The Securities and Exchange Board of India (Sebi) may mandate more disclosures with regard to pricing of public share sales in its upcoming board meeting on September 30. The regulator may ask companies to divulge the rationale for the difference in pricing of shares sold to private equity investors and that for the initial public offering (IPO).
“If the issue price in an IPO is high, and a stock slips on listing, investors do get prejudiced. Hence, Sebi is thinking of seeking disclosures on how the issue price has been arrived at, including looking at past transactions in the shares of such companies,” said Saurabh Tiwari, partner, DSK Legal.
The basis of issue price has been the subject of debate after new-age companies such as Paytm and Zomato slid sharply over their issue price post listing.
“The regulator needs to be smart about mandating any disclosures on new-age IPOs because every startup is unique and different. Valuation metrics for fintechs, for example, may be different from that for e-commerce firms,” a senior industry official said.
According to him, the regulator may ask companies to disclose metrics that formed a part of previous private funding rounds. “Whatever metrics were used at the time of investor presentations during the private funding rounds can be used for making the relevant disclosures at the time of IPO,” he said.
Sebi chief Madhabi Puri Buch had recently batted for a disclosure-based regime and said the regulator was not in favour of dictating the pricing of initial share sales of new-age technology companies.
“At what price you choose to do your IPO is your business. We have no business to suggest otherwise. The days of CCI (Controller of Capital Issues) are long gone. Companies are free to price the issues at whatever price is considered appropriate,” Buch had said in her maiden public address as Sebi chief at the annual capital markets summit organised by industry association Ficci in Mumbai last week.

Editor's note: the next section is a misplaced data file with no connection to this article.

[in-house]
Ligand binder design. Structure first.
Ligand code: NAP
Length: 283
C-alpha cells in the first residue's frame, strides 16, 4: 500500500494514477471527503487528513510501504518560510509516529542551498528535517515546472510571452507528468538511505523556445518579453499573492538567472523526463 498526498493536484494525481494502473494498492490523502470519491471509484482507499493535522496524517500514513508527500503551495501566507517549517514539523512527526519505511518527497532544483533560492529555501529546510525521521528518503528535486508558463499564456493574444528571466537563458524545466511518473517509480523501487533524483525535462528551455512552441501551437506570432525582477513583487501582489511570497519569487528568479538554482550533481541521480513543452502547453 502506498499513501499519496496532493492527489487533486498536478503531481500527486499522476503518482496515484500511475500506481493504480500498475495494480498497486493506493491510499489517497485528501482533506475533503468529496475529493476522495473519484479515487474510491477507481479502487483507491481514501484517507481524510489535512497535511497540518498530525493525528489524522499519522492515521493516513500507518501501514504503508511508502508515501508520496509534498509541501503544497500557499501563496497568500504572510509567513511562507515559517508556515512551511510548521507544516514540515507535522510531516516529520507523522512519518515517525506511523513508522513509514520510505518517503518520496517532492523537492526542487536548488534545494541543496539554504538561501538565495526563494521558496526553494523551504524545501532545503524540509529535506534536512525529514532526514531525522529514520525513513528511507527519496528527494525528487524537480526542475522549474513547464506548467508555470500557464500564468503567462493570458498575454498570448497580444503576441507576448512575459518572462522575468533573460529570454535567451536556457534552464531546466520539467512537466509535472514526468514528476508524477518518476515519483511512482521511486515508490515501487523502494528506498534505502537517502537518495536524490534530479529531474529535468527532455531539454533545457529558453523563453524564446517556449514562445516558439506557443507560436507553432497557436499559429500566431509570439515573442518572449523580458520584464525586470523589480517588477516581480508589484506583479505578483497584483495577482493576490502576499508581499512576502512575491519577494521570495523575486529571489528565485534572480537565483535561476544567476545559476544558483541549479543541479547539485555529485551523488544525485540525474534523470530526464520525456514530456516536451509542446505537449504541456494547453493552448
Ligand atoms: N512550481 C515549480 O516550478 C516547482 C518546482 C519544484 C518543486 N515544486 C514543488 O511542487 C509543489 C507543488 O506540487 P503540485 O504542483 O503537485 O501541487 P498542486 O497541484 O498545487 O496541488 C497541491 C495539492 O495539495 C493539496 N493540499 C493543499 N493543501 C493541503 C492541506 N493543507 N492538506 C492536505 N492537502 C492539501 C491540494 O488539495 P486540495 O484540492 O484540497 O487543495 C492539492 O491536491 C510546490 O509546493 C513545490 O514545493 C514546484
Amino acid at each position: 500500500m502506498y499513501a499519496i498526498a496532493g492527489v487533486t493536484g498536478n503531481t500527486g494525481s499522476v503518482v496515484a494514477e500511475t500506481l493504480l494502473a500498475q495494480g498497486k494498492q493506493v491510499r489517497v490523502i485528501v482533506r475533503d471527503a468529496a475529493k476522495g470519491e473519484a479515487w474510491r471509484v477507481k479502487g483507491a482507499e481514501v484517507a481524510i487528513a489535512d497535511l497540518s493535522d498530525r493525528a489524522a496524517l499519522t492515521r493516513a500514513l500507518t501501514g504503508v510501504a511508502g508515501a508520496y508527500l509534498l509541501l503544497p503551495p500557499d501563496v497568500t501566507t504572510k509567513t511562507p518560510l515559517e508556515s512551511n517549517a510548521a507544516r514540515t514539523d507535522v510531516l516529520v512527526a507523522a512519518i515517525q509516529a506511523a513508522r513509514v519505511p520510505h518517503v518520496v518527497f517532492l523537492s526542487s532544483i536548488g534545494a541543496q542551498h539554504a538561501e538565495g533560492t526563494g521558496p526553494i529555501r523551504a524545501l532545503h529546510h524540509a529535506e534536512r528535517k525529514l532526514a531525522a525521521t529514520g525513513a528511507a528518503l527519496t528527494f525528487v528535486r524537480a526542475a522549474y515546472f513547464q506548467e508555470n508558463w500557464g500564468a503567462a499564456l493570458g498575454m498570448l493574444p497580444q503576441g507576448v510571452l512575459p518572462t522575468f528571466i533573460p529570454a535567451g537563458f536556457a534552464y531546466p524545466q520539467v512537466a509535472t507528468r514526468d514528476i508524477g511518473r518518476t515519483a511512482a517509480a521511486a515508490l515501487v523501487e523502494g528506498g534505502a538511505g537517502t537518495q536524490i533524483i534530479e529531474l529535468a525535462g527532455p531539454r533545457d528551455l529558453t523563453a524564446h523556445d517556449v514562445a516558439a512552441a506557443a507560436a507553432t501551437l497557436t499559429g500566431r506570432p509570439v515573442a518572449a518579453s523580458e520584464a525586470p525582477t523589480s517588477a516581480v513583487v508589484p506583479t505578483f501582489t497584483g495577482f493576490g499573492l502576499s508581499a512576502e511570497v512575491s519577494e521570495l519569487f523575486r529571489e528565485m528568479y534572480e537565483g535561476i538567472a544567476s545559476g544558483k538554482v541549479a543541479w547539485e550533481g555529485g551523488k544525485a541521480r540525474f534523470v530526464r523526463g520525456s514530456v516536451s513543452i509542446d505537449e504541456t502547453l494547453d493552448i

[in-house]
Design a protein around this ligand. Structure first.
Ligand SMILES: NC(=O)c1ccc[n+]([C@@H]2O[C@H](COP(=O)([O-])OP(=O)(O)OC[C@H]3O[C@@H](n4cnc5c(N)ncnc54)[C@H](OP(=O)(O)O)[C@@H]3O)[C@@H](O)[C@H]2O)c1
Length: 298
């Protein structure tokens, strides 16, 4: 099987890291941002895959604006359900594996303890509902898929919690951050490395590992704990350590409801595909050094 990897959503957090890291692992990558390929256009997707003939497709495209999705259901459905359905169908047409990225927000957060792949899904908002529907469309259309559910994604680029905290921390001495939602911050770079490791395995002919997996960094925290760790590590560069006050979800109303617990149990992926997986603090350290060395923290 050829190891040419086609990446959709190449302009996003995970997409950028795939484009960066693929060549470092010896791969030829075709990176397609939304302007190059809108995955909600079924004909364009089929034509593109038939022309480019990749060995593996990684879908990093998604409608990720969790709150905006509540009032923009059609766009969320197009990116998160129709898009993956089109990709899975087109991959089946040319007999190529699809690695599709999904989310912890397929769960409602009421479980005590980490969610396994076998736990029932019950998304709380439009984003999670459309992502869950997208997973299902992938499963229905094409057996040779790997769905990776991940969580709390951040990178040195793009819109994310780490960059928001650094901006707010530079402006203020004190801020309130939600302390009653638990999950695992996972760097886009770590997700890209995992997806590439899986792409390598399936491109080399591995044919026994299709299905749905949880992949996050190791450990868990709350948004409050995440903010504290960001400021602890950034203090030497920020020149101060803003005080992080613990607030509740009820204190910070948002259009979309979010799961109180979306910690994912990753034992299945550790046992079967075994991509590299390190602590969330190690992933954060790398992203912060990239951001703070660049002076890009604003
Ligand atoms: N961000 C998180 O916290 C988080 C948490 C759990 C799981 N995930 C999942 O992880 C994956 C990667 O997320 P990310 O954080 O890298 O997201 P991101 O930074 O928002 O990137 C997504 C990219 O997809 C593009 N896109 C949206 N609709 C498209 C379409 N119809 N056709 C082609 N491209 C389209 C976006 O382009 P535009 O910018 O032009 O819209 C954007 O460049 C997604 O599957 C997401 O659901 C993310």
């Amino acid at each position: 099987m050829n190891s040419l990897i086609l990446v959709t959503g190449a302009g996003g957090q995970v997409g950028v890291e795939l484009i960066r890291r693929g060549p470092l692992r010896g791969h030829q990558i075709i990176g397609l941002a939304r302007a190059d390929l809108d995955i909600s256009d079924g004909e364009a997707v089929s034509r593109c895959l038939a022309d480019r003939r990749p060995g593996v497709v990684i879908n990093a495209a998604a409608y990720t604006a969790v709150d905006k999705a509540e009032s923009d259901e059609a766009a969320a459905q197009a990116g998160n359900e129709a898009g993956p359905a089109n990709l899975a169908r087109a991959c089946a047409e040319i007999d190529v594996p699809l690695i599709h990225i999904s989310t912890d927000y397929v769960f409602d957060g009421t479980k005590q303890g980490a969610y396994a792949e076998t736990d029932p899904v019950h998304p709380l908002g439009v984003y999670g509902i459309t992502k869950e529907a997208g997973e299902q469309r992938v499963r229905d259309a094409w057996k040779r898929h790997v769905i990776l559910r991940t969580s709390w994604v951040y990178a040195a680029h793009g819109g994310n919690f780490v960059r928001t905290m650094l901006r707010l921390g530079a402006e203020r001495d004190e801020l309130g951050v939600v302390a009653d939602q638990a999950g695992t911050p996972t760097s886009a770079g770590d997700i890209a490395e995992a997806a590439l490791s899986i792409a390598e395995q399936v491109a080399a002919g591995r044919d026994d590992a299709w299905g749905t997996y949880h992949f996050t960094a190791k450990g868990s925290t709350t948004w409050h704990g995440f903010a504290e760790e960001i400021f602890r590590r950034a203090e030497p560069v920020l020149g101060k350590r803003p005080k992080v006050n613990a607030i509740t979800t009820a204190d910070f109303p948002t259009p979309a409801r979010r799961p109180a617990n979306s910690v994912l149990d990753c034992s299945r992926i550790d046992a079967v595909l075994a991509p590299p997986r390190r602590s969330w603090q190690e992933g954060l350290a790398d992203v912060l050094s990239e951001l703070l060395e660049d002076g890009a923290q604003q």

Buch, however, added that the company had to make the required disclosures on the rationale for the pricing, especially between a pre-IPO placement and the price being asked for the public offering.
“If a company had placed its equity with somebody three or six months before the IPO at say
100 and now wishes to hit the market with a price of450, we have no problem with that. However, the company needs to disclose to the investor the reasons for the price differential. The investor is then free to make his or her own decision,” Buch said.
Sebi has in the past floated consultation papers on issues such as basis of issue price in IPOs, pre-filing of IPO papers, covering mutual fund units in insider trading norms and open offer pricing in case of PSU disinvestment. In all of the above, the underlying principle of allowing flexibility with appropriate oversight can be seen, experts said.
The regulator may look to relax certain provisions in the takeover regulations for disinvestment of public sector undertakings (PSUs). Disinvestment in PSUs is usually a long drawn out process and information relating to the same comes in public domain through government decisions and statements made from time to time.
“In such cases, the sixty trading days volume weighted average market price parameter for the price of the open offer, may make the deal unpalatable for the investor. Sebi’s intent is to provide flexibility in such cases. The common principle behind such thinking is allowing flexibility with appropriate safeguards,” Tiwari said.
Similarly, the intent behind including mutual fund units within the purview and relevant definitions of insider trading regulations is to bring parity in regulations and to protect retail investors.
“Sebi’s consultation paper itself acknowledges that there may be scenarios where a person having knowledge of sensitive information, may not have any control on the decisions of the MF, and the proposed framework should take into account such circumstances as well,” Tiwari said.